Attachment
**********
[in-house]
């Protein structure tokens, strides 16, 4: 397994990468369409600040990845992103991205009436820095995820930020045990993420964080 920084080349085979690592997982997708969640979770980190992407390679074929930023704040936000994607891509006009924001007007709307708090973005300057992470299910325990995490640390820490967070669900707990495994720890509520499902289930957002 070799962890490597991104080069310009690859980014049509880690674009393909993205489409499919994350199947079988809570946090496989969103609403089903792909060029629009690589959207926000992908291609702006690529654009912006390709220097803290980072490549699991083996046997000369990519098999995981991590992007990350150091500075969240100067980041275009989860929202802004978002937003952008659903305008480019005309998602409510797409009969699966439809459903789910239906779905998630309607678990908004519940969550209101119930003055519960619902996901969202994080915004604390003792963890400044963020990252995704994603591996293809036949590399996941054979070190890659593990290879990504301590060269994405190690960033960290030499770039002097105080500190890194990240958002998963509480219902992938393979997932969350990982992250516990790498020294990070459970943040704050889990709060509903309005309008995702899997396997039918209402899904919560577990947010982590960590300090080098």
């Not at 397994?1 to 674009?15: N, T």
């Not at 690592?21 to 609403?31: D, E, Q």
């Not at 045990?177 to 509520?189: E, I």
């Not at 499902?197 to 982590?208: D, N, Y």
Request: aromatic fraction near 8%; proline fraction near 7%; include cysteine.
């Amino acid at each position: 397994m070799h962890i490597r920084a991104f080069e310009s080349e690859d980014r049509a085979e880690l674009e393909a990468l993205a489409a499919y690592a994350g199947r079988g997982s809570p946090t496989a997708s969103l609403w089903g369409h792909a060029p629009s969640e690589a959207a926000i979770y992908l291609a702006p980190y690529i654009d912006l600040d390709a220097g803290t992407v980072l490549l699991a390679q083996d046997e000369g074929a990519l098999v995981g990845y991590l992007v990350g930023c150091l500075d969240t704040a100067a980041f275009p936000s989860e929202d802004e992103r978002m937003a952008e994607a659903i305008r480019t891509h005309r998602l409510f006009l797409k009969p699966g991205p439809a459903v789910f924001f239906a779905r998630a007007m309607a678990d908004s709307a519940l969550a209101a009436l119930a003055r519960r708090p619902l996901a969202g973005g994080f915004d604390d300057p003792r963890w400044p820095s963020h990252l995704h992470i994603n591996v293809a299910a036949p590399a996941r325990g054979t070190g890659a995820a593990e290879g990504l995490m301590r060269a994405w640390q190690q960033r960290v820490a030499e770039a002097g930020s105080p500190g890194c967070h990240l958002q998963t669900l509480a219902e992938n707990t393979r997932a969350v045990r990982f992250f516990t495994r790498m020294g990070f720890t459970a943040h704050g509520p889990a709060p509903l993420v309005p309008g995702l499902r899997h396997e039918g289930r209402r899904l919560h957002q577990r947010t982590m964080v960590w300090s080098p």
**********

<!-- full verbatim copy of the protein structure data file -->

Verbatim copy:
[in-house]
């Protein structure tokens, strides 16, 4: 397994990468369409600040990845992103991205009436820095995820930020045990993420964080 920084080349085979690592997982997708969640979770980190992407390679074929930023704040936000994607891509006009924001007007709307708090973005300057992470299910325990995490640390820490967070669900707990495994720890509520499902289930957002 070799962890490597991104080069310009690859980014049509880690674009393909993205489409499919994350199947079988809570946090496989969103609403089903792909060029629009690589959207926000992908291609702006690529654009912006390709220097803290980072490549699991083996046997000369990519098999995981991590992007990350150091500075969240100067980041275009989860929202802004978002937003952008659903305008480019005309998602409510797409009969699966439809459903789910239906779905998630309607678990908004519940969550209101119930003055519960619902996901969202994080915004604390003792963890400044963020990252995704994603591996293809036949590399996941054979070190890659593990290879990504301590060269994405190690960033960290030499770039002097105080500190890194990240958002998963509480219902992938393979997932969350990982992250516990790498020294990070459970943040704050889990709060509903309005309008995702899997396997039918209402899904919560577990947010982590960590300090080098």
């Not at 397994?1 to 674009?15: N, T």
């Not at 690592?21 to 609403?31: D, E, Q």
């Not at 045990?177 to 509520?189: E, I």
């Not at 499902?197 to 982590?208: D, N, Y």
Request: aromatic fraction near 8%; proline fraction near 7%; include cysteine.
């Amino acid at each position: 397994m070799h962890i490597r920084a991104f080069e310009s080349e690859d980014r049509a085979e880690l674009e393909a990468l993205a489409a499919y690592a994350g199947r079988g997982s809570p946090t496989a997708s969103l609403w089903g369409h792909a060029p629009s969640e690589a959207a926000i979770y992908l291609a702006p980190y690529i654009d912006l600040d390709a220097g803290t992407v980072l490549l699991a390679q083996d046997e000369g074929a990519l098999v995981g990845y991590l992007v990350g930023c150091l500075d969240t704040a100067a980041f275009p936000s989860e929202d802004e992103r978002m937003a952008e994607a659903i305008r480019t891509h005309r998602l409510f006009l797409k009969p699966g991205p439809a459903v789910f924001f239906a779905r998630a007007m309607a678990d908004s709307a519940l969550a209101a009436l119930a003055r519960r708090p619902l996901a969202g973005g994080f915004d604390d300057p003792r963890w400044p820095s963020h990252l995704h992470i994603n591996v293809a299910a036949p590399a996941r325990g054979t070190g890659a995820a593990e290879g990504l995490m301590r060269a994405w640390q190690q960033r960290v820490a030499e770039a002097g930020s105080p500190g890194c967070h990240l958002q998963t669900l509480a219902e992938n707990t393979r997932a969350v045990r990982f992250f516990t495994r790498m020294g990070f720890t459970a943040h704050g509520p889990a709060p509903l993420v309005p309008g995702l499902r899997h396997e039918g289930r209402r899904l919560h957002q577990r947010t982590m964080v960590w300090s080098p």